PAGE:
In October 2019, Canadian cyclist Rachel McKinnon (now known as Veronica Ivy) won the Women’s Master’s 200-metre cycle sprint at the Manchester Velodrome. ‘Good for Rachel’, we might say, ‘she must have trained hard to achieve such success’. However, Rachel was born Rhys McKinnon, a biological male who decided to transition to female in her 20s. Standing at 6 foot tall, and weighing more than 14 stones, she towers over her opponents. Many cycling competitors and former top sportswomen, including tennis champion Martina Navratilova, Olympic gold medallist Kelly Holmes, and Olympic silver medallist Sharron Davies, have labelled this as unfair as Ivy has benefited from being born male, experiencing male puberty, thus gaining physical advantages over women born female, natal women.
Hannah Mouncey is an Australian handball player who started life as Callum Mouncey, a male. She stands at 6 foot 2 inches tall, and weighs nearly 16 stone. As Callum, he played on the Australian men’s handball team. It is useful to see Hannah in action, competing in a sport where collisions occur, to see that it is actually quite frightening, as much smaller opponents are crashed into and dominated physically. Recently Hannah has withdrawn from the women's handball team. She has been deemed a danger to other players due to her size, but also her teammates have objected to having to change and shower with someone with a male body. Hannah thinks this is unfair.
Then there is Kelly Morgan, a Welsh rugby player born Nicholas Gareth Morgan. After sustaining an injury playing men’s rugby, Nicholas decided to transition to a woman, and to play rugby again, but this time for a women’s team. At 6 foot tall and with a robust athletic build she is a force to be reckoned with. Her coach claims that she will be really good as long as she doesn’t injure too many of her teammates in training. The risks Kelly, and other male to female rugby players, pose to natal females have been recognised by former England rugby star Brian Moore, and by referees who are considering quitting because they cannot guarantee the safety of natal female players. World Rugby has recently reviewed the situation, but to date has not yet published its report.
Sport and Sex
The examples above are but a few of what has become a growing phenomenon: the participation of male bodied transgender women (TW) in women’s sports. The issue which needs to be addressed is whether this is fair to natal born women.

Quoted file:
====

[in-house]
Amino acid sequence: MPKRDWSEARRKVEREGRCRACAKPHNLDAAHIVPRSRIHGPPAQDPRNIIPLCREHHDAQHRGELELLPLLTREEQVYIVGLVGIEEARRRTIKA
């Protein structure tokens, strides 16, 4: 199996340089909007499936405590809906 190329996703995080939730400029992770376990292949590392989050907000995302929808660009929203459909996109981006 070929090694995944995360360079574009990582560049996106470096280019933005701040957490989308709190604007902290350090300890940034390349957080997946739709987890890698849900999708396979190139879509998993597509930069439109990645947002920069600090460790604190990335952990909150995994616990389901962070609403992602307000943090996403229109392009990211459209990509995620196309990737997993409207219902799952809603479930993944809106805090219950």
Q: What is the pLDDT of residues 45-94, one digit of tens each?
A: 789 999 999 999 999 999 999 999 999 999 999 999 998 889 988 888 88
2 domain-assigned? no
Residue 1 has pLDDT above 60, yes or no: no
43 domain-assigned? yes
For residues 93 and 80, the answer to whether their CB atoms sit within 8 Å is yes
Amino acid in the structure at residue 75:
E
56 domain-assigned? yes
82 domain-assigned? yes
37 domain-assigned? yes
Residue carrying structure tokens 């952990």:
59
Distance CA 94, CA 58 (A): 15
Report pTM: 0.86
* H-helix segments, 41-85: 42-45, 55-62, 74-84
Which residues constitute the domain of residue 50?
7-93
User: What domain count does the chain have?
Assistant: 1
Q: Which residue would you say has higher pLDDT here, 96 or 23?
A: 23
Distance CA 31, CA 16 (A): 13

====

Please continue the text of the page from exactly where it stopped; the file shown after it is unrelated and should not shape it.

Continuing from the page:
Competitive sport has traditionally been segregated by sex (not gender, more of that later). The reason for this is that humans, along with most mammalian species, are sexually dimorphic. This means that, as well as playing a different role in reproduction, male and female bodies differ in many respects. Males, on average:
- are taller
- are stronger
- are more muscular
- have broader shoulders and longer limbs (set at different angles to female limbs)
- have larger hearts and lungs and have more circulating red blood cells.
All of these differences contribute to a ‘performance gap’ where it can be seen that males outperform females by between 10 and 30% depending on the sport in question. An example would be US sprinter Tori Bowie, 100 metre world champion, and Olympic medallist. It is estimated that her best times in 2017 would have been beaten 15,000 times by men and boys. It has also been estimated that world tennis champion Serena Williams would be beaten by most male players currently ranked internationally in spite of being a superbly fit and athletic woman.
Let's talk about sex
Sex is decided at the moment of conception, or shortly thereafter, and is dependent on the chromosomes of the embryo: XY for males, XX for females (there are some variations on this it is acknowledged, but it is beyond the scope to explore here). Dimorphic development is inevitable from then on. There are few differences between boys and girls physically until adolescence. In females the hormone oestrogen is released and, in boys, testosterone. It is testosterone which drives the above noted differences in male physiology, and therefore sporting performance. For a review of the many sex differences affecting sports performance see Handelsman et al. 2018.